By Mike Rankin | Thursday, February 12, 2015
Imagine you’re a designer laying out a 500-page book in InDesign, with all kinds of page types—various front matter, end matter, body text, chapter openers, etc.
Would you try to build each of those pages manually, starting with a blank page every time? Or would you reach for a tool that would allow you to easily create all those pages with the speed and consistency of professional-quality work?
Fortunately, just such a tool exists in InDesign: master pages.
In this article, I’m going to show you how InDesign master pages work.
You can also watch my lynda.com course Creating Long Documents with InDesign CC for a complete long-document workflow—including how to use master pages.
By Lauren Harmon | Tuesday, February 10, 2015
In honor of Valentine’s Day, the most romantic of holidays, Deke takes the silky smooth photograph of the island he distilled from grainy GoPro footage in last week’s episode of Deke’s Techniques, and fine-tunes it in Photoshop CC.
The result? A romantic landscape that will carry you away… even in the dead of winter.
By David Blatner | Thursday, February 05, 2015
Sometimes you want to use one layout as the starting point for the next, and you need to get rid of text and graphics while keeping all your frames.
In this short InDesign Secrets episode, I’ll give you a few tips for deleting content quickly.
By Starshine Roshell | Thursday, February 05, 2015
Get to know the art director, designer, writer, photographer, and professor who teaches our Foundations of Typography series.
A former design director at Time Magazine, Ina Saltz authored the Body Type books on typographic tattoos and co-authored the award-winning book Typography Referenced: A Comprehensive Visual Guide to the Language, History and Practice of Typography.
Her favorite typefaces are Requiem, Bickham Script, and Franklin Gothic No. 2, and her favorite characters are &, Q, Z, and R.
In this Q&A, Ina tells us about her favorite teachers (she worked with Hermann Zapf!), and why typography matters.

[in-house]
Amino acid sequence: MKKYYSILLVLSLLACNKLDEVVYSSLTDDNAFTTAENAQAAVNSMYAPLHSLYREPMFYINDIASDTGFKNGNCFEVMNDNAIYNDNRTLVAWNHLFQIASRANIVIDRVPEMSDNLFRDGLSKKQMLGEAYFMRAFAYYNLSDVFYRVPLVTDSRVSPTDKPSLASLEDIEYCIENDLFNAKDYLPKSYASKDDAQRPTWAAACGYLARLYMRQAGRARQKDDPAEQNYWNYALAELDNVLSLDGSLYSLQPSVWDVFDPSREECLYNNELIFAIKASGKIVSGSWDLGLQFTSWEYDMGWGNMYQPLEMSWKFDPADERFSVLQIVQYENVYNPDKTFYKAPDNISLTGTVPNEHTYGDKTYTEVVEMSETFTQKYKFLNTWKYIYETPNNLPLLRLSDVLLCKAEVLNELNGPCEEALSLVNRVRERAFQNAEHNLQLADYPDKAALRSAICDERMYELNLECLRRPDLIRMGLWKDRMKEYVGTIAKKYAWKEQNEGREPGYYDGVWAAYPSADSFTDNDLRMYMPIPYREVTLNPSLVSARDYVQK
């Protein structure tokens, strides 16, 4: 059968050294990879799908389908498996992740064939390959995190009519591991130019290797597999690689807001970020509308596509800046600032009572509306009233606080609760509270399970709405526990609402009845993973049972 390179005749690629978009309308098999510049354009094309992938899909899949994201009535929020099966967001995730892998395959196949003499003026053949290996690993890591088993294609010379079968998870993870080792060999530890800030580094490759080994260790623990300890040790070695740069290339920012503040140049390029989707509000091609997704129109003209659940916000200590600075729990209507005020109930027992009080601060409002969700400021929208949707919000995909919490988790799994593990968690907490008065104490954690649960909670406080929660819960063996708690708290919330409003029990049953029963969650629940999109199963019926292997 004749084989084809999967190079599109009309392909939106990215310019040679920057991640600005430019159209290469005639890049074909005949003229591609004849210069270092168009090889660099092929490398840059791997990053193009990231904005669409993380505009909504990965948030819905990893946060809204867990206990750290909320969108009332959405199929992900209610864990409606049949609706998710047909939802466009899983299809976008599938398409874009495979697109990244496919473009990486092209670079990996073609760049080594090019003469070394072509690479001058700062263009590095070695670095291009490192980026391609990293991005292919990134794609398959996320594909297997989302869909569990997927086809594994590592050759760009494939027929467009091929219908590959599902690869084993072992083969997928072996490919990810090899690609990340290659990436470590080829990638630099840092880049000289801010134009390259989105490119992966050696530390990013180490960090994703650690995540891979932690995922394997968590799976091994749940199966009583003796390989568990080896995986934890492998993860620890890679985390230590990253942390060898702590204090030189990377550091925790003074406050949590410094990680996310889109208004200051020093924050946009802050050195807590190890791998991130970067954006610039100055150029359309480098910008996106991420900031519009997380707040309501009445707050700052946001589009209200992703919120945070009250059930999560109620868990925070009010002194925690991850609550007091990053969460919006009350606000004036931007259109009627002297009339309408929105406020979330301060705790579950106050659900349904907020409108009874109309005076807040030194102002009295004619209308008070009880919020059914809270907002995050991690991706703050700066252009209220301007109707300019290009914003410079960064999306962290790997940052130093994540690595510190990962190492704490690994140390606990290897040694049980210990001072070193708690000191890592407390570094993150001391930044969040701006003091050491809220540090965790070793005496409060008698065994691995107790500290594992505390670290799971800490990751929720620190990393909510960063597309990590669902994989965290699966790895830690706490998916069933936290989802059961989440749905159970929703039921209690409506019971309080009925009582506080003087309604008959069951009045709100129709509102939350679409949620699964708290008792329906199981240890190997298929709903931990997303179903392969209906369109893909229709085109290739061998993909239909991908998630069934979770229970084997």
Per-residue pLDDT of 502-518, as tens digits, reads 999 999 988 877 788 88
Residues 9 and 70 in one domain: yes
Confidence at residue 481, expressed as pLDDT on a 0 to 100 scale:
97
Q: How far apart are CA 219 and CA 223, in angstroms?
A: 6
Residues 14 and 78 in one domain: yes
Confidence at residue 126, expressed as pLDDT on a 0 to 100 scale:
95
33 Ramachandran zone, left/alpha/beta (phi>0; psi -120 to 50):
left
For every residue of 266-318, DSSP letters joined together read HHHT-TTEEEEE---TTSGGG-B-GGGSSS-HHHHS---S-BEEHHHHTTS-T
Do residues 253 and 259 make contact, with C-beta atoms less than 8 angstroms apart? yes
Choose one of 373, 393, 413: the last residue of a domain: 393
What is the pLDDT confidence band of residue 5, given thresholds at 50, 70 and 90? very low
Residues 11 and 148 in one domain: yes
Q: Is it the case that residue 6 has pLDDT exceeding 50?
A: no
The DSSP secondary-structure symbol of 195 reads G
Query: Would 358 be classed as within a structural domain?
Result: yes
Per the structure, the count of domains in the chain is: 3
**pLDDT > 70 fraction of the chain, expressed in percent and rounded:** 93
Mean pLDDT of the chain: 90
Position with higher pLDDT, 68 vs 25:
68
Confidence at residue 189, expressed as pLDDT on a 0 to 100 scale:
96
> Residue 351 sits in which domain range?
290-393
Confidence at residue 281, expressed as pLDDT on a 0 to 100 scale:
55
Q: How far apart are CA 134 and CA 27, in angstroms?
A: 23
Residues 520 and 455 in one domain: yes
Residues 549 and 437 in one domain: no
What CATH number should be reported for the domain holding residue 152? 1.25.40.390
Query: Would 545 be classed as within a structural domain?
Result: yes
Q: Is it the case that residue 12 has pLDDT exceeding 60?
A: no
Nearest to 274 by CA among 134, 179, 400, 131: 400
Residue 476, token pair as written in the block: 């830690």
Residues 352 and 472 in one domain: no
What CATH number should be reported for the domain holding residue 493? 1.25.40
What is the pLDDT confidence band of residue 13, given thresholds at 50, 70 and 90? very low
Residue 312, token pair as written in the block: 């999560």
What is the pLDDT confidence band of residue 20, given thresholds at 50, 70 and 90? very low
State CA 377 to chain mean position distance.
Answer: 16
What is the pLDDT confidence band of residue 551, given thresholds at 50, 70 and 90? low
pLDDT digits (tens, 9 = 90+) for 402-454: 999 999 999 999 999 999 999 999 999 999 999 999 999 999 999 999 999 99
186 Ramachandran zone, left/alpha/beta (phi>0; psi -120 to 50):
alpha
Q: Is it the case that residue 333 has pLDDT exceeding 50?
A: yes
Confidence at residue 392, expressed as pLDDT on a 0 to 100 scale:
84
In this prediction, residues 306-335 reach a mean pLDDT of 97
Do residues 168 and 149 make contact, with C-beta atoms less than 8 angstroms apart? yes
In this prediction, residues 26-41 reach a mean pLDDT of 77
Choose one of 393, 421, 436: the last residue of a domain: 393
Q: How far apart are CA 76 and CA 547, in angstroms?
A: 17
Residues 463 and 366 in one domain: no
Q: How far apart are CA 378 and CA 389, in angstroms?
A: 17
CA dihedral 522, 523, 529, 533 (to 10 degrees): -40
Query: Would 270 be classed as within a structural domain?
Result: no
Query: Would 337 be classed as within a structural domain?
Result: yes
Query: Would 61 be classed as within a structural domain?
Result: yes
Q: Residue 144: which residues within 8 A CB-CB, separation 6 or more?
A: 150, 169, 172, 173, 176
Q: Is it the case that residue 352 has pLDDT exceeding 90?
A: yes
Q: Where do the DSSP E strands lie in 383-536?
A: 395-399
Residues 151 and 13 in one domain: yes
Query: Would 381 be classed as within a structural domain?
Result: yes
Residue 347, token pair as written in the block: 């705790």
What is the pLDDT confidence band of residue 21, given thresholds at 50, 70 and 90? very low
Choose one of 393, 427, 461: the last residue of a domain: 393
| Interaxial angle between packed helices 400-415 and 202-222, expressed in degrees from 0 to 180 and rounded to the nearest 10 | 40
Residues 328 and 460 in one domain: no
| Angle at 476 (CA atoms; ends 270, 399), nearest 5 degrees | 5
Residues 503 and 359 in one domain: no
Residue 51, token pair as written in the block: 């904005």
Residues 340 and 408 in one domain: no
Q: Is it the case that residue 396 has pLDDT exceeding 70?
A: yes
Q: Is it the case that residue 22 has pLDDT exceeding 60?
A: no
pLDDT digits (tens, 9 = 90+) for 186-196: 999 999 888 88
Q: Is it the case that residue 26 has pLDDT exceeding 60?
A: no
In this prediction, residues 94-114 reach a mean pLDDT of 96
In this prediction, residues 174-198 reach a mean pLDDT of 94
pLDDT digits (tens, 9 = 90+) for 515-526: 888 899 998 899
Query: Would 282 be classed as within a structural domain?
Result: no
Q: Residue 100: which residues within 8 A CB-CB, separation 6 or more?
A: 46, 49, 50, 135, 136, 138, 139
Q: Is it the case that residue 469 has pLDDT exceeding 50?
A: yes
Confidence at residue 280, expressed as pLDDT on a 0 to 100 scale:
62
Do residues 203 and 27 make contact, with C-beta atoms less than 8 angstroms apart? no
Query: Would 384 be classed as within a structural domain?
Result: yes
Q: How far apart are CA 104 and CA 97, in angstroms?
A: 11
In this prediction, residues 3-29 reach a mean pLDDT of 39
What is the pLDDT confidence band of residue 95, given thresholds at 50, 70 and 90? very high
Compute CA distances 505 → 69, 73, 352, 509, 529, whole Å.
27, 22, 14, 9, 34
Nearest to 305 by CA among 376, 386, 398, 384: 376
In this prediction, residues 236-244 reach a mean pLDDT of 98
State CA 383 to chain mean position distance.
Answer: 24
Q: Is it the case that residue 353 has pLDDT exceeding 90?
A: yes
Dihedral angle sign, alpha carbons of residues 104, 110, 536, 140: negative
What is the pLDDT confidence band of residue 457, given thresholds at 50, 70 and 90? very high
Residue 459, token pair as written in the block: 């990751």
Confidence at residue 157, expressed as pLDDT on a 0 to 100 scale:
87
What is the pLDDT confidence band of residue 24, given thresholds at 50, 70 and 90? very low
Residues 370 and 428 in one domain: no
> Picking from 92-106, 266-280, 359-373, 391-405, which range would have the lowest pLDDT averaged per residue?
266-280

By Lauren Harmon | Tuesday, February 03, 2015
Need to salvage grainy video from your GoPro camera or smartphone? In this week’s Deke’s Techniques, you’ll see how to smooth away the visual noise from low-light or low-quality movies and walk away with a single stunning image, using Photoshop stack modes.
By Anne-Marie Concepción | Thursday, January 29, 2015
Make it easier to work with captions—with these InDesign Secrets.
In this week’s video, I’ll show you how to keep your captions in InDesign looking consistent from page to page in a magazine spread or any other long document.
By Lauren Harmon | Tuesday, January 27, 2015
When you create vibrant, continuous color artwork (like the flowering origami pattern shown in last week’s episode of Deke’s Techniques), you inevitably encounter problems when it comes to printing.
In particular, you might see banding in areas where colors transition and a general darkening effect. But it’s not a calibration problem; it’s a gamut problem.
The colors you see on your monitor aren’t always printable—even on sophisticated printers. When it comes down to it, you’re better off modifying the artwork than trying to tinker around with inks.
In this week’s free video, Deke shows how to correct brightness for print by taking your vector artwork into Photoshop, where you can better isolate and control the corrections.
By John Derry | Saturday, January 24, 2015
The digitally driven confluence of art, photography, and ink-jet technology has resulted in an explosion of artworks on paper.
In many respects, the fine-art ink-jet print is the 21st century equivalent of a hand-produced stone lithograph. Using digital tools, photographers and artists can now create archival-quality prints for sale.
One tradition of the hand-made fine-art print is the deckled edge. Once considered an imperfection as the byproduct of the hand-made paper-making process, this feathery, unfinished edge now makes an archival ink-jet print appear even more valuable.
Here’s how to add deckled edges to your prints.
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